Is it a fleeting infatuation with Illinois' new political face, Bruce Rauner, or do these Democratic defectors represent a crack in Governor Pat Quinn's base?
When activist Bob Israel sees construction sites with few or no African American workers he blames Democratic elected officials and their trade union allies.
"I'm blaming the Democratic Party because they are being controlled by the unions and that's why we are not working," he said.
So on Tuesday night, Israel was among the disgruntled black Democrats who cheered the gubernatorial nomination of Republican Bruce Rauner.
"We've got a one-party system in Chicago and Illinois. We've got to break it up," said Hermene Hartman, Ndigo.com publisher.
Online publisher Hartman says the black community's high unemployment and total lack of economic development caused her this week to vote Republican for the first time.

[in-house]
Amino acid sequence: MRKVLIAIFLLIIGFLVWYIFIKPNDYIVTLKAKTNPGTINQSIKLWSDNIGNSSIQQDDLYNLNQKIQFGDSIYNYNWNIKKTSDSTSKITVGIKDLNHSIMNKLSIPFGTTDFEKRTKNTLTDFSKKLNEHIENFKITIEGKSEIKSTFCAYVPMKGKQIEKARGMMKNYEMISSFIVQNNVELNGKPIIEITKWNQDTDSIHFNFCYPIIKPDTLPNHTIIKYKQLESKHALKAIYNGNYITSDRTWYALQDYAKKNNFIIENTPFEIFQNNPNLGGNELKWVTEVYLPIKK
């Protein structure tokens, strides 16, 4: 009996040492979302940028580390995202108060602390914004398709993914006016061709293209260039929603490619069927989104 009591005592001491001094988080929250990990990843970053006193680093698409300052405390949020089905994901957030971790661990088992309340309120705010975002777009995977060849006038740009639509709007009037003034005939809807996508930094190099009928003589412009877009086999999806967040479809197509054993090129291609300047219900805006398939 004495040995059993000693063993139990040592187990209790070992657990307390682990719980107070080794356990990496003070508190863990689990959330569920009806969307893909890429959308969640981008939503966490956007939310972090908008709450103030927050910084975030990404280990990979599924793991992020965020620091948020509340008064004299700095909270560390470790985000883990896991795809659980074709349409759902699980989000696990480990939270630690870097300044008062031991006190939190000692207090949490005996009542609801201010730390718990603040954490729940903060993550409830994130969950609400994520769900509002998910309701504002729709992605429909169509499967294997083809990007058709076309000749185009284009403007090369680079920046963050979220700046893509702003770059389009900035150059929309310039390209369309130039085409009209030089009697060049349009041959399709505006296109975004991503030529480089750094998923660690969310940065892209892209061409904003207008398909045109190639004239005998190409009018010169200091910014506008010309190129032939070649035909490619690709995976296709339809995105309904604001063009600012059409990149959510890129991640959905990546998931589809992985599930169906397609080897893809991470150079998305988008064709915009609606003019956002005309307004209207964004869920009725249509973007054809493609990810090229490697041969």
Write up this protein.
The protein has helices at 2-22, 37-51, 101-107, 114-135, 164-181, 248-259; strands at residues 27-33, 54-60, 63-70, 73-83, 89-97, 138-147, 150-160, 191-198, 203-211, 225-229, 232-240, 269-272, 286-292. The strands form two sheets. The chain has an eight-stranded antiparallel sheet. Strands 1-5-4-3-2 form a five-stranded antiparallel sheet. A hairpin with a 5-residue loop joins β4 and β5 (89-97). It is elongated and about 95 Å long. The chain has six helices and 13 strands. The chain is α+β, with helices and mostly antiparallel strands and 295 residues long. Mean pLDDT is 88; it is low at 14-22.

"We've got to bring about some change. And you're not going to change, if you don't change," he said.
Major Chicago black church leaders, all one-time Democrats, have endorsed Rauner, including the Reverend and former State Senator James Meeks, West Sider the Reverend Marshall Hatch and the South Side's Reverend Stephen Thurston.
"I'm not looking at the party, I'm looking at the issues that are there," Thurston said.
Governor Pat Quinn won over 90 percent of the city and Cook County's black vote in 2010, when he won his first full term over Republican Bill Brady.
"He came into state government at a very difficult time," said Cook County President Toni Preckwinkle.
Preckwinkle warned black voters that Rauner can make promises but has no answers.
"I think it's all smoke and mirrors," she said. "He's going to face the same tough challenges as Pat does and there's no magic solution."
But Republican convert Bob Israel says Democrats have had their chance.
"We been drinking the Democratic Kool-Aid for 40 years and I don't see no change," he said.
Rauner was not the only Republican primary candidate to campaign extensively in Chicago's African American community. Senators Kirk Dillard and Bill Brady also spent significant time there.
Persistent economic problems have put many black precincts up for grabs.